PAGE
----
Those in the market for a bundle of indie giants got a good bargain by traffic-jamming to L.A. State Historic Park for 2013’s FYF Fest. The ticket price, and more importantly, the temperature — although palpably hot — were nothing compared to Coachella, but the lineup was enough to make any God-fearing, Wes Anderson-loving hipster foam at the mouth.
The two-day festival started later in the day than most, and took place in the concrete jungle surrounding L.A., so there might not have been the inebriated camaraderie that comes along with the more enveloping, hygienically challenged camping festivals. But for those in attendance, it was a chance to spend two days experiencing all the bands we’ve been vying to see for quite some time.
On Saturday, the audience got a badass-by-association feeling Metz just by attending Metz’s set. The band’s performance was airtight, with a straightforward sound drenched in distortion. Metz’s guitar-driven stoner rock blended with the overbearing August heat, essentially kicking off the festival by saying “You’re in L.A. — everything and everyone here is hotter than you so get used to it.”
Charles Bradley has a monopoly on hip movement. His soulful, mellow version of James Brown funk was surprisingly captivating, and Bradley appeared to have the emotions of fifty people crammed into one. Despite (or because of) the fact that he appeared to be openly weeping during the majority of his set, he lit the crowd on fire early on in the day.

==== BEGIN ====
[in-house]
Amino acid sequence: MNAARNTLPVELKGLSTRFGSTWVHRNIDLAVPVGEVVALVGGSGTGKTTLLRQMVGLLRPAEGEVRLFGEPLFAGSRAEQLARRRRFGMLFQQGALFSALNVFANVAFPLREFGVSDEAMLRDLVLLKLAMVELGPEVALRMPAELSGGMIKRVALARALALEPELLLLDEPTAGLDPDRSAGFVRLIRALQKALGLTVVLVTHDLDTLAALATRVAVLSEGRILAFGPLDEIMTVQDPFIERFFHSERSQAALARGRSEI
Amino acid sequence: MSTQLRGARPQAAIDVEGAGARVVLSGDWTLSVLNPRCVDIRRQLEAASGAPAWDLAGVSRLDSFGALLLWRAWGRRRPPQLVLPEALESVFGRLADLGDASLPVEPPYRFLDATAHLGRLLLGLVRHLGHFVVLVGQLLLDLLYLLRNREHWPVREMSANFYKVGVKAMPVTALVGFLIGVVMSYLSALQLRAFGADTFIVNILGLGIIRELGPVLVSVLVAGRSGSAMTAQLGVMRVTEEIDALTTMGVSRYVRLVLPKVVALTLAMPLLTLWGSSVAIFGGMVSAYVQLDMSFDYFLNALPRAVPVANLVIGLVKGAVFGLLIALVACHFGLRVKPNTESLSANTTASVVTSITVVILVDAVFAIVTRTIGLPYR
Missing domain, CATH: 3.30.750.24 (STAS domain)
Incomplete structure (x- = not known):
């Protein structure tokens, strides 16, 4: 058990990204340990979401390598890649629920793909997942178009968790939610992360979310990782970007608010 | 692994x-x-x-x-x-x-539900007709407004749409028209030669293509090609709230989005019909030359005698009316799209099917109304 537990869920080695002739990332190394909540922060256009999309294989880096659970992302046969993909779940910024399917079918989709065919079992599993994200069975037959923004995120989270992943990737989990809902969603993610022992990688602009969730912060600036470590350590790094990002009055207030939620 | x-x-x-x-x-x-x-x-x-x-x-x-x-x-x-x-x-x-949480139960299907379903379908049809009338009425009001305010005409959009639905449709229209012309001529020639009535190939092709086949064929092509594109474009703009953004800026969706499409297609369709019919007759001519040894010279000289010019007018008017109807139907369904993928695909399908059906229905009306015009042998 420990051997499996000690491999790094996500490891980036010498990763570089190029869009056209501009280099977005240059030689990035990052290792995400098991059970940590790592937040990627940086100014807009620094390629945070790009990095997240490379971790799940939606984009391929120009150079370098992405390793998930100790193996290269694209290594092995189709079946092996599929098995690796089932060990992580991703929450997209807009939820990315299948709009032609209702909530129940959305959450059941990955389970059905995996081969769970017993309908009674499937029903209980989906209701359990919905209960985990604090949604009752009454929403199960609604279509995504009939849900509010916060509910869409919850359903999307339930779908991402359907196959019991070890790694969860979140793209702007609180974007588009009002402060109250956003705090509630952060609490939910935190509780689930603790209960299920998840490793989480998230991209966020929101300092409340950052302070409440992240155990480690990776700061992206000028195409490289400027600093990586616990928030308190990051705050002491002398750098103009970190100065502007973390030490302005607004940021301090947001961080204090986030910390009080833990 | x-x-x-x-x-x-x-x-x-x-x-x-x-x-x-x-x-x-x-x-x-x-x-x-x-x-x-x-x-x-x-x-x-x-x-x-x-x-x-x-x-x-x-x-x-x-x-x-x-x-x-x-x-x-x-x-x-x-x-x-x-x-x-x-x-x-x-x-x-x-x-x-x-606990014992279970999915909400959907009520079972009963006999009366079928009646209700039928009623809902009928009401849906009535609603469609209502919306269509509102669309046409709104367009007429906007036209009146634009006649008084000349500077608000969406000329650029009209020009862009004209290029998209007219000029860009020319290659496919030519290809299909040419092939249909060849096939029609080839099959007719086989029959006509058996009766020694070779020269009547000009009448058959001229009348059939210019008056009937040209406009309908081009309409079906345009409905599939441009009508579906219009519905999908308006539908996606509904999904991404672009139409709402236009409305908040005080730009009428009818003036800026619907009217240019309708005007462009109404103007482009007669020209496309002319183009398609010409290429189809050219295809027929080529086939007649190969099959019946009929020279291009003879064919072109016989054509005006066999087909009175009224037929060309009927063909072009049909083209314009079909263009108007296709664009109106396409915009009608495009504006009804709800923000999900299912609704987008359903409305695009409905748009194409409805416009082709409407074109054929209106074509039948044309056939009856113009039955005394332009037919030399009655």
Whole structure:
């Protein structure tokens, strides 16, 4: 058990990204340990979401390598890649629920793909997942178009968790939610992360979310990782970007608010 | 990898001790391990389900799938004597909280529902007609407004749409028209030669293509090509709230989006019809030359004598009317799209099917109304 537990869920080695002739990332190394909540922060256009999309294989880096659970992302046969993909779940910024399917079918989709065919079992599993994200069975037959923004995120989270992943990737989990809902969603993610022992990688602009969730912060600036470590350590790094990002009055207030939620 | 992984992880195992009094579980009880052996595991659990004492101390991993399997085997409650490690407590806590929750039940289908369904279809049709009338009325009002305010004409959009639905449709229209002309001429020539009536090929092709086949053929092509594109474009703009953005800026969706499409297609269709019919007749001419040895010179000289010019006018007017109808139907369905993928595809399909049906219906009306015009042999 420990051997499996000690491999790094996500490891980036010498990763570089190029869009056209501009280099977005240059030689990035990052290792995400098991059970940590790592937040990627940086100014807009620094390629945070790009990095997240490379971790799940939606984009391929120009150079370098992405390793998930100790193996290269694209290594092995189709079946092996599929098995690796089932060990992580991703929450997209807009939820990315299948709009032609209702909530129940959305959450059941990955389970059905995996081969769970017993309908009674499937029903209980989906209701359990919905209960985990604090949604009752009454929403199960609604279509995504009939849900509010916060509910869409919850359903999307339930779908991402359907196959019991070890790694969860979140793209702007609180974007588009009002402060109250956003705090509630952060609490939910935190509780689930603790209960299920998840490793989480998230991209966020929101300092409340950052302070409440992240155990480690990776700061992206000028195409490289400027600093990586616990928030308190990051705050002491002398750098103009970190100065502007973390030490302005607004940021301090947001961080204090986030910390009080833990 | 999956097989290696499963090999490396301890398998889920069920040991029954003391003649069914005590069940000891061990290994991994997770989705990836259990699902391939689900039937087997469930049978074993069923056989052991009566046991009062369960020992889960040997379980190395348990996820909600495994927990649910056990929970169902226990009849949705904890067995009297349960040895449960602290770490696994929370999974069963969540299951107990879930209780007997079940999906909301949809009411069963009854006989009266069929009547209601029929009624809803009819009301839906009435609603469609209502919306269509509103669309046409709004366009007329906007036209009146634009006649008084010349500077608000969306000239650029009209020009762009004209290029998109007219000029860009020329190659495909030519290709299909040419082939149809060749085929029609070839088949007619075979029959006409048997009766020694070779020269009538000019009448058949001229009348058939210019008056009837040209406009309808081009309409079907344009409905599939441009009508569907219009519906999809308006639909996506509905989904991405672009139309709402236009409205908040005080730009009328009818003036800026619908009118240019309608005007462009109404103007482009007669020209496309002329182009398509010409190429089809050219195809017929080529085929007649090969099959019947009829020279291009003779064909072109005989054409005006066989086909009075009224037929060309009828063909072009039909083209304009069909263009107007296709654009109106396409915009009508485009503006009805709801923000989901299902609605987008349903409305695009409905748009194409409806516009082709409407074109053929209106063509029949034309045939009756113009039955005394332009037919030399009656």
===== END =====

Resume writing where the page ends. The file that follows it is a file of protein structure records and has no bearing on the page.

A personal favorite, Deerhunter has a way of making psychedelia into easily digestible pop rock. Their songwriting has grown enormously over the years, but their live shows haven’t evolved quite as dynamically. Bradford Cox’s weird hoodie/floral dress was mildly entertaining, but otherwise Deerhunter didn’t reveal anything that couldn’t be gathered from their studio work.
It’s refreshing to see such a polished act that comes along with many years of touring remain so energetic and emotional, and Yeah Yeah Yeahs‘ greatest-hits set resonated with the huge crowd amassed for Saturday’s final show. Karen O went ballistic with several wardrobe changes and her trademark shrill shrieking. She’s like an exotic, glittery punk-rock toucan. A really loud one.
Kurt Vile‘s set on Sunday didn’t disappoint. Indie’s most stolid songwriter — now a family man embracing solitude and child rearing — mostly performed his 2013 release Wakin on a Pretty Daze. Just as Vile did when he played at the Casbah earlier this year, he kicked off his set with that album’s upbeat title track and sold the crowd with his awkward yet compelling brand of lackadaisically distorted rock. The set ended at its peak when his backing band skedaddled so he could play the acoustic, nostalgic “Peeping Tomboy.”
Yo La Tengo had the most impressive set of the weekend. All three members of the band gave the impression that music was as easy as making a lazy metaphor. Seriously, all three of them were next-level good at multiple instruments, and they let everyone know it by rotating instruments frequently throughout the set. Someone really needs to get to work on inventing time travel so we can begin sending anyone who’s feeling down on life back to the moment at FYF where Yo La Tengo played “Autumn Sweater” at sunset. Seriously, it would work.